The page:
Summer fibres: Soy

Soy is a fibre that has interested me for a while now. I have never worked with it but it is on the list of fibres I want to try. I am secretly hoping my brother will have kids in the near future so I can knit something for them using soy yarn as it is meant to be good for garments for children.

Soy is a byproduct from the soy industry and based on my research most fibres are produced in China even thought the biggest soybean growers are the US, Brazil and Argentina. I also found that it seems most soy fibre originates from genetically modified soy. If this is something that you find problematic soy might not be the fibre for you.

How soy yarn is made

I didn’t find as much detail about the process of turning soy into fibre to knit with compared to the other fibres I have covered so far but I hope this will give you some idea of it.

Soy  is traditionally native to East Asia and is a cheap source of protein for both animals and humans. When growing soy the first step in the process is germination which occurs about 48 hours after planting and the first leaves appear above ground shortly after. They help provide nutrients to the immature plant.  The plant keeps growing and eventually flowers after which the pods grow. The pods are hairy and tend to grow in clusters of up to 5 seeds where it grows until the beans are harvested when they are still in an immature state as pods that have turned yellow impact the quality of the soybeans.

As I mentioned it is a byproduct from making soy products such as tofu, soy milk and so on. The left over from this process is called okara and is made up of the hulls of soy beans.Using bio-engineered polymers the liquid proteins are removed from the okara. Afterwards the separated liquid proteins are put into a machine called a spinneret, which apparently looks somewhat like a shower head and produces liquid soy.

Next the liquid soy is dried. I unfortunately didn’t find anything on how this is done but it seems that after the drying process is completed you will have strands of soybean fibre that can be spun/plied together.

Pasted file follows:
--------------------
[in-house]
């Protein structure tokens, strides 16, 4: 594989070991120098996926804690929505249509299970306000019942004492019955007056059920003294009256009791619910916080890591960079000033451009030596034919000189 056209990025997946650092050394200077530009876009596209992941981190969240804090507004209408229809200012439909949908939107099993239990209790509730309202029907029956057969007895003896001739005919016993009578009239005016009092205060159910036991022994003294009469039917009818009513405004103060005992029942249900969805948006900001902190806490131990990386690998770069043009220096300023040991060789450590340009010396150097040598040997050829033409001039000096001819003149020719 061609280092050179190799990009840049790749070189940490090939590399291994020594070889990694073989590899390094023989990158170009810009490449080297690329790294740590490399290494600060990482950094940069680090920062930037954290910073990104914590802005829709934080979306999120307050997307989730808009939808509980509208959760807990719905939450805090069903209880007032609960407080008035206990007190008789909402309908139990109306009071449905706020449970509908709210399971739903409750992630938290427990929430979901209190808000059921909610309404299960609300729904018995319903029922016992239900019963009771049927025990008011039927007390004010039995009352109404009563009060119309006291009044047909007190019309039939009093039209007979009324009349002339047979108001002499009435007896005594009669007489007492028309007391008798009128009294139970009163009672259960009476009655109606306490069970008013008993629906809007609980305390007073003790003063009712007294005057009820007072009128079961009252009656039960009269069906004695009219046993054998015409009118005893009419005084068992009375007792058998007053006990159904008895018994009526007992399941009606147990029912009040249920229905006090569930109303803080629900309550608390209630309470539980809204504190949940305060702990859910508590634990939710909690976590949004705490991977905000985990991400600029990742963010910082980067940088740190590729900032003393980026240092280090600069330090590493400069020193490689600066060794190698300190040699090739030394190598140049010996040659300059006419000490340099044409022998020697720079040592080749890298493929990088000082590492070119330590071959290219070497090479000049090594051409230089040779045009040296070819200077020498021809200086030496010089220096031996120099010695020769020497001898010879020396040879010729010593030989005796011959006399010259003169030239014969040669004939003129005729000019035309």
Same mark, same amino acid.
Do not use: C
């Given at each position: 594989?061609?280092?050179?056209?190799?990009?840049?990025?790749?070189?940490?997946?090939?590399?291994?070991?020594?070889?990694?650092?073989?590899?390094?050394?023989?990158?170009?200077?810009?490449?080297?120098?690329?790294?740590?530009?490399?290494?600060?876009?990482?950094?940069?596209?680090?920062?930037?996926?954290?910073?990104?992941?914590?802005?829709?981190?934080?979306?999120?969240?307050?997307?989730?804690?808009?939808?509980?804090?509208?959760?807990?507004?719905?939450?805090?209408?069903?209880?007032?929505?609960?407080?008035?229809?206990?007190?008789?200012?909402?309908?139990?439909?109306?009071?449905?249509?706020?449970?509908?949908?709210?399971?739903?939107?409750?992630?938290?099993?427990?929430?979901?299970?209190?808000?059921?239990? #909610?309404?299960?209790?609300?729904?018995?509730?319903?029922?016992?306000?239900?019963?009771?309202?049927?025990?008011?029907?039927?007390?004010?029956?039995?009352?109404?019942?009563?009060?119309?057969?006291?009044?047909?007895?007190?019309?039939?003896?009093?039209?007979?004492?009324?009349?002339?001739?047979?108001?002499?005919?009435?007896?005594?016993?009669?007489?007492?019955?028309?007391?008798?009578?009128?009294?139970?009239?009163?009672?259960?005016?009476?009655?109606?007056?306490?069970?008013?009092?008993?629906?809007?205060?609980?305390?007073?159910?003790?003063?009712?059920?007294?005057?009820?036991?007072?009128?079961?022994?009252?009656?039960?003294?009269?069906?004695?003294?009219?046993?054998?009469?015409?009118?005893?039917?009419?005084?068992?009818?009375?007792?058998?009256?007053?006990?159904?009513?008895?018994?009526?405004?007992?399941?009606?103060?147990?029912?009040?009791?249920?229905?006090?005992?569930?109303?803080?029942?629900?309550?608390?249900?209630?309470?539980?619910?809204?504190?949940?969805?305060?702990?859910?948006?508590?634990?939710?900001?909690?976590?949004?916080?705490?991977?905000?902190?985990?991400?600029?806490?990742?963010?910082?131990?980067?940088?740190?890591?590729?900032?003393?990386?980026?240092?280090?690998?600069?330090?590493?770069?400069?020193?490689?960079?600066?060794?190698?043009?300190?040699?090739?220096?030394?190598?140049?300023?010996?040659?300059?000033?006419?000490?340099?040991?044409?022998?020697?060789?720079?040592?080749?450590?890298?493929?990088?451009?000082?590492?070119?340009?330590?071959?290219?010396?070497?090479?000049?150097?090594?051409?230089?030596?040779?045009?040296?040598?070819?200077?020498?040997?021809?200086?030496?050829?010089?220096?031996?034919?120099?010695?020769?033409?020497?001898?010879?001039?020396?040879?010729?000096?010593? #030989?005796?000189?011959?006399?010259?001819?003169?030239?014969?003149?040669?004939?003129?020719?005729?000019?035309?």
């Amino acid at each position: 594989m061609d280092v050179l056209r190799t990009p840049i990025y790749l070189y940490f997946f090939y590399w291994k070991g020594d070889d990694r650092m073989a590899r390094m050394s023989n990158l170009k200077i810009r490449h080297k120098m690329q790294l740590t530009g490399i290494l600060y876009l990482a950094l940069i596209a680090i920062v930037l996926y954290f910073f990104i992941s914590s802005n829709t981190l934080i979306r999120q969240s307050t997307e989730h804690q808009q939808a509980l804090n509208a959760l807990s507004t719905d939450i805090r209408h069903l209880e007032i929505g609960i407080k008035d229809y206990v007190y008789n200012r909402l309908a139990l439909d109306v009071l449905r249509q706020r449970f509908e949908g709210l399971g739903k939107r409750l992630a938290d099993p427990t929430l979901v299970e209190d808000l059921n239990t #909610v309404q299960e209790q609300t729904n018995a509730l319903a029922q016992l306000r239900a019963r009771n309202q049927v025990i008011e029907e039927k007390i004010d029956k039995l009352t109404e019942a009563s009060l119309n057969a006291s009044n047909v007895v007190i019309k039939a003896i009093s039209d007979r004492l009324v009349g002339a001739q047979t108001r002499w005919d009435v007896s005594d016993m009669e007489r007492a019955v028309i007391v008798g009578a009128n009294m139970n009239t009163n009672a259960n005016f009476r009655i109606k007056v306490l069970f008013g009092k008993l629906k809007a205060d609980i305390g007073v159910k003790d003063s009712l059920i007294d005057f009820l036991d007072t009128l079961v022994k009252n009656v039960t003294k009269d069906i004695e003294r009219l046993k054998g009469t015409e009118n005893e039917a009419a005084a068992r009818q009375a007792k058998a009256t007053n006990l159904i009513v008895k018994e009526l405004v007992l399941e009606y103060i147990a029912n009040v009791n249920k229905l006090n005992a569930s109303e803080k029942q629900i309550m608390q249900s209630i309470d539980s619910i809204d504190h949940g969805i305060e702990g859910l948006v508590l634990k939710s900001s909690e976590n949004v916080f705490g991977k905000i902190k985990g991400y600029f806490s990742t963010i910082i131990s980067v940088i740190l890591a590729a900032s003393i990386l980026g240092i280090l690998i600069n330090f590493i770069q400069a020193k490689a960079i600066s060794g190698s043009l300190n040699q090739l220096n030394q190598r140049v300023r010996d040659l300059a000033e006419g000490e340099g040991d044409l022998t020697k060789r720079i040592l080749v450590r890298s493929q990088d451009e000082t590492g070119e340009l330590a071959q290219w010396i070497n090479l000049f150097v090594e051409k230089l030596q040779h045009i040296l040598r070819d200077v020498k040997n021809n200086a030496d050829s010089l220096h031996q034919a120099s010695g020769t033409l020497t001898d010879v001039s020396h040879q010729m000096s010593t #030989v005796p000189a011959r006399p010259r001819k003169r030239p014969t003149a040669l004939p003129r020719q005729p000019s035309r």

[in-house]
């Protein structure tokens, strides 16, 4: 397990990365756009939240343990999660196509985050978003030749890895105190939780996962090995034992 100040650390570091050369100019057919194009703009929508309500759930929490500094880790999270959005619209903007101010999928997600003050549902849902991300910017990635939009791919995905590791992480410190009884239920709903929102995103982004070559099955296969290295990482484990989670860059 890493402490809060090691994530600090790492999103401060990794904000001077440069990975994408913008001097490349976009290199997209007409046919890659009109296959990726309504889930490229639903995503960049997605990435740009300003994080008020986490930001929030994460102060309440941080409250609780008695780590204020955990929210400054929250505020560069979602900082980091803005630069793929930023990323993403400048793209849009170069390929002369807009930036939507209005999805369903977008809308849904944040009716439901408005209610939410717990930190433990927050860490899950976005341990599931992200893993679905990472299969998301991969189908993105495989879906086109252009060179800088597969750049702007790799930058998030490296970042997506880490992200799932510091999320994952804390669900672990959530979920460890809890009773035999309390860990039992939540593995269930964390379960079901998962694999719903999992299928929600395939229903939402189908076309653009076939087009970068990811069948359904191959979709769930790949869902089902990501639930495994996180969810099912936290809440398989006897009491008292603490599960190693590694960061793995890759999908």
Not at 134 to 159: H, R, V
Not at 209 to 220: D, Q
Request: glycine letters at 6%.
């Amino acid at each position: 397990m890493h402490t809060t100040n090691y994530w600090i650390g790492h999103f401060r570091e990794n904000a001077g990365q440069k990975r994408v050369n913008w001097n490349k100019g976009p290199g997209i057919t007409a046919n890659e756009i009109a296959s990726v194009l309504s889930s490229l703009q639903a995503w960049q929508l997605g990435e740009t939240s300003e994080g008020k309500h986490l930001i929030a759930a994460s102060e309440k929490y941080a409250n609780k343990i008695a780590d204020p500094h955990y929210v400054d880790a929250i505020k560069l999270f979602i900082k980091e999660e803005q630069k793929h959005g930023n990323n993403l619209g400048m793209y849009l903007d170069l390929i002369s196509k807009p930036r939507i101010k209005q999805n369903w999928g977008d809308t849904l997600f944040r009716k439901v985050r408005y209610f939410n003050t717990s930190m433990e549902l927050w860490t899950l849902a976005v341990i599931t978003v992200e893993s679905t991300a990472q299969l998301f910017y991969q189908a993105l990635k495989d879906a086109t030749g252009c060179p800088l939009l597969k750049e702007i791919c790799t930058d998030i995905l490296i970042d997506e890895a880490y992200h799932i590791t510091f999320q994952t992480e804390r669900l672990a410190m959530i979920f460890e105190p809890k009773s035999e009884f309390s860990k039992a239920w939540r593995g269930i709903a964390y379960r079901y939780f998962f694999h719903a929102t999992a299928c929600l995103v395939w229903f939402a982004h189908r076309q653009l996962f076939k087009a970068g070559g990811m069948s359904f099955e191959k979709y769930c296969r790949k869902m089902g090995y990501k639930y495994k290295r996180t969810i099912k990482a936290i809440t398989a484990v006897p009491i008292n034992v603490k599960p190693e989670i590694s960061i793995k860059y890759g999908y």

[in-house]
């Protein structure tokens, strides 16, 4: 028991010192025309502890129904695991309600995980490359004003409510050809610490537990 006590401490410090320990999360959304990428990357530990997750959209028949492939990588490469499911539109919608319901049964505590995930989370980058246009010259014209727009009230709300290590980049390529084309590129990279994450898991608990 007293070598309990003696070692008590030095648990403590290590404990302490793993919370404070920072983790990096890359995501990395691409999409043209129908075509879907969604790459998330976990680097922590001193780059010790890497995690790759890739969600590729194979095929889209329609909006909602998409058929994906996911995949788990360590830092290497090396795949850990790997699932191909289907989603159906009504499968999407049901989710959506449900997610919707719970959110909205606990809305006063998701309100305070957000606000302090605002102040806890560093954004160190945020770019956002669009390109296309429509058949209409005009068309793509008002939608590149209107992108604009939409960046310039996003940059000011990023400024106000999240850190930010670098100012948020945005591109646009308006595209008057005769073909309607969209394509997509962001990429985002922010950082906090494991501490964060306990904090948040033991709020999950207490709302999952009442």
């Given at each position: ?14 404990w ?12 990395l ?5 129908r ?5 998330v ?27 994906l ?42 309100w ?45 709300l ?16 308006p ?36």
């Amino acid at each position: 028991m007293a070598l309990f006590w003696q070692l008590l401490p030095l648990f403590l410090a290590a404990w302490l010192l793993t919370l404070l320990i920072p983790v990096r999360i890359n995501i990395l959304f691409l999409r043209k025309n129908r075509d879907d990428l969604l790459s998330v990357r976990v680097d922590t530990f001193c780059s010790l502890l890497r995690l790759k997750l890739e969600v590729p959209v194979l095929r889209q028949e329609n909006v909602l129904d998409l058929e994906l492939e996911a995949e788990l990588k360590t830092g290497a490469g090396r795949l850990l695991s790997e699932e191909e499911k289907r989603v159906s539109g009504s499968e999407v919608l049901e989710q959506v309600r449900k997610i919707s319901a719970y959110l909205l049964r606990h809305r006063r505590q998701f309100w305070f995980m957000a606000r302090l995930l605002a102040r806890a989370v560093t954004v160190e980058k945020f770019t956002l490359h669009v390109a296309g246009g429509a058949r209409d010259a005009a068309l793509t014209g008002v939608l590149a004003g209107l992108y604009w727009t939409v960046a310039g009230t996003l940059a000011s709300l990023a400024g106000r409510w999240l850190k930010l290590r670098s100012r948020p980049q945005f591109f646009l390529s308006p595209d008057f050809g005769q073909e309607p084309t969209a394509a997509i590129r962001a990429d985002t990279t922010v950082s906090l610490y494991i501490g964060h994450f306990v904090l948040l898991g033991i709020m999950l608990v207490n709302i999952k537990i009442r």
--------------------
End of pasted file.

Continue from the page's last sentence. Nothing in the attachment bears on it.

Pro and Cons

Soy fibre is essentially a product made from waste which I think is a good use of something otherwise thrown away. It is also a natural product and relatively cheap to make. It has a similar appearance to silk. If you dislike the fact that silk is produced by killing the silkworm soy is a great alternative. It is also a breathable and moisture absorbents fibre and as a result it is nice to wear in warm weather.  Soy takes dyes well and the dye has good fastness on soy fibre.

As I mentioned further up, soy yarn is predominately made form genetically modified soy. It also requires a lot of water and pesticides however it seems like it needs less the cotton which might make this a useful alternative. However, it should also be noted that due to the production of soy in countries such as Brazil and Argentina a significant amount of rain forest has been destroyed to make land for agriculture which has a significant environmental impact and makes me question the advertising of soy as and eco-friendly product.

Soy and Soy blends

As I mentioned above I have not worked with soy yarn myself so I can’t really recommend anything and as I searched for soy yarns on Ravelry a lot of it came up as discontinued so I am afraid I have a very short list this time.

Natural Fibre Producers Super Fine Airy (alpaca and soy blend)

South West Trading Company Pure

Soy pattern ideas

A little note in advance, a lot of the patterns use soy yarns that have been discontinued but I still thought it worth including them because they are lovely patterns.

 

babypantslacebottom

Basic Baby Pants by Susan Galbraith (merino, cotton, soy and linen)

 

sycamore_0525_medium2

Sycamore Vest by Hannah Fettig (merino, cotton, soy and linen)

 

mysa_1_medium2

Mysa by Kate Gagnon Osborn (merino, cotton, soy and linen)

 

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Spring Ribbed Cardigan by Hannah Fettig (merino, cotton, soy and linen)

 

 

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